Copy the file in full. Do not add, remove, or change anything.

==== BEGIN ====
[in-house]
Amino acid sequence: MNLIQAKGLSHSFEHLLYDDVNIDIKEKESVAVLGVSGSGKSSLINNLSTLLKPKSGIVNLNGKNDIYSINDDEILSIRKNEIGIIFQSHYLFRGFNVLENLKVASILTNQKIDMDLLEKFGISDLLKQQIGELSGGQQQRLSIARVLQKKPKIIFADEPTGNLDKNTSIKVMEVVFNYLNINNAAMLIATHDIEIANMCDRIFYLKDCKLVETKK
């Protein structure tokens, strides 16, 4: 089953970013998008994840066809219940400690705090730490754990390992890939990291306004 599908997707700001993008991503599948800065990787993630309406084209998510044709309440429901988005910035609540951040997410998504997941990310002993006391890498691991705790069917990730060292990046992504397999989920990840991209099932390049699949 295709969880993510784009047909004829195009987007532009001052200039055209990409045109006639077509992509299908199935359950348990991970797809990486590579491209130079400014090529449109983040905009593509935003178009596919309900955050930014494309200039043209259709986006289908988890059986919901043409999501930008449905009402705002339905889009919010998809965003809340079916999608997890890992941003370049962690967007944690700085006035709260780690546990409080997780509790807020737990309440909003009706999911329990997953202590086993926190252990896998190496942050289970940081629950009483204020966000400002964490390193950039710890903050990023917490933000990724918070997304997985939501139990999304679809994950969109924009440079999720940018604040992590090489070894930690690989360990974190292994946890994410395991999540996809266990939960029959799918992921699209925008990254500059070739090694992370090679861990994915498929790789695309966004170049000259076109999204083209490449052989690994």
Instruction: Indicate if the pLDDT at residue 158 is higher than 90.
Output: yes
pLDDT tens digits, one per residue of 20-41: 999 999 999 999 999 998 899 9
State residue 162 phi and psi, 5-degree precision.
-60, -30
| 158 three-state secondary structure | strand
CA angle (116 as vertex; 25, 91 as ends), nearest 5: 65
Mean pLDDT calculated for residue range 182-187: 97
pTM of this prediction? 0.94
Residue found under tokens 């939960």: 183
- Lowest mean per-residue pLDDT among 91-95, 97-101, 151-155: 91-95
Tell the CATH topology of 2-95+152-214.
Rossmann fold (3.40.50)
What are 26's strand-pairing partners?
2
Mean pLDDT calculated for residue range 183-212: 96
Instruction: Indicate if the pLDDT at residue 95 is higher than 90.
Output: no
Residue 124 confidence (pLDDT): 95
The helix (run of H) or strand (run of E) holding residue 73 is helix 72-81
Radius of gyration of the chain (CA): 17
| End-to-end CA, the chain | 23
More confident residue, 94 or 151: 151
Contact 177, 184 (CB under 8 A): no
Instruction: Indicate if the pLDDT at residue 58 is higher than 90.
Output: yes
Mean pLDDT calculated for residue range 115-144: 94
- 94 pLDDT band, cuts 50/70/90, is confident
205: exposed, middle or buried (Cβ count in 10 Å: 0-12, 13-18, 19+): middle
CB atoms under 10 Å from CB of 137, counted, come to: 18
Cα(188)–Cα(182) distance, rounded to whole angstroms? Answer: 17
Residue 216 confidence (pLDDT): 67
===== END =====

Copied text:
[in-house]
Amino acid sequence: MNLIQAKGLSHSFEHLLYDDVNIDIKEKESVAVLGVSGSGKSSLINNLSTLLKPKSGIVNLNGKNDIYSINDDEILSIRKNEIGIIFQSHYLFRGFNVLENLKVASILTNQKIDMDLLEKFGISDLLKQQIGELSGGQQQRLSIARVLQKKPKIIFADEPTGNLDKNTSIKVMEVVFNYLNINNAAMLIATHDIEIANMCDRIFYLKDCKLVETKK
């Protein structure tokens, strides 16, 4: 089953970013998008994840066809219940400690705090730490754990390992890939990291306004 599908997707700001993008991503599948800065990787993630309406084209998510044709309440429901988005910035609540951040997410998504997941990310002993006391890498691991705790069917990730060292990046992504397999989920990840991209099932390049699949 295709969880993510784009047909004829195009987007532009001052200039055209990409045109006639077509992509299908199935359950348990991970797809990486590579491209130079400014090529449109983040905009593509935003178009596919309900955050930014494309200039043209259709986006289908988890059986919901043409999501930008449905009402705002339905889009919010998809965003809340079916999608997890890992941003370049962690967007944690700085006035709260780690546990409080997780509790807020737990309440909003009706999911329990997953202590086993926190252990896998190496942050289970940081629950009483204020966000400002964490390193950039710890903050990023917490933000990724918070997304997985939501139990999304679809994950969109924009440079999720940018604040992590090489070894930690690989360990974190292994946890994410395991999540996809266990939960029959799918992921699209925008990254500059070739090694992370090679861990994915498929790789695309966004170049000259076109999204083209490449052989690994």
Instruction: Indicate if the pLDDT at residue 158 is higher than 90.
Output: yes
pLDDT tens digits, one per residue of 20-41: 999 999 999 999 999 998 899 9
State residue 162 phi and psi, 5-degree precision.
-60, -30
| 158 three-state secondary structure | strand
CA angle (116 as vertex; 25, 91 as ends), nearest 5: 65
Mean pLDDT calculated for residue range 182-187: 97
pTM of this prediction? 0.94
Residue found under tokens 């939960």: 183
- Lowest mean per-residue pLDDT among 91-95, 97-101, 151-155: 91-95
Tell the CATH topology of 2-95+152-214.
Rossmann fold (3.40.50)
What are 26's strand-pairing partners?
2
Mean pLDDT calculated for residue range 183-212: 96
Instruction: Indicate if the pLDDT at residue 95 is higher than 90.
Output: no
Residue 124 confidence (pLDDT): 95
The helix (run of H) or strand (run of E) holding residue 73 is helix 72-81
Radius of gyration of the chain (CA): 17
| End-to-end CA, the chain | 23
More confident residue, 94 or 151: 151
Contact 177, 184 (CB under 8 A): no
Instruction: Indicate if the pLDDT at residue 58 is higher than 90.
Output: yes
Mean pLDDT calculated for residue range 115-144: 94
- 94 pLDDT band, cuts 50/70/90, is confident
205: exposed, middle or buried (Cβ count in 10 Å: 0-12, 13-18, 19+): middle
CB atoms under 10 Å from CB of 137, counted, come to: 18
Cα(188)–Cα(182) distance, rounded to whole angstroms? Answer: 17
Residue 216 confidence (pLDDT): 67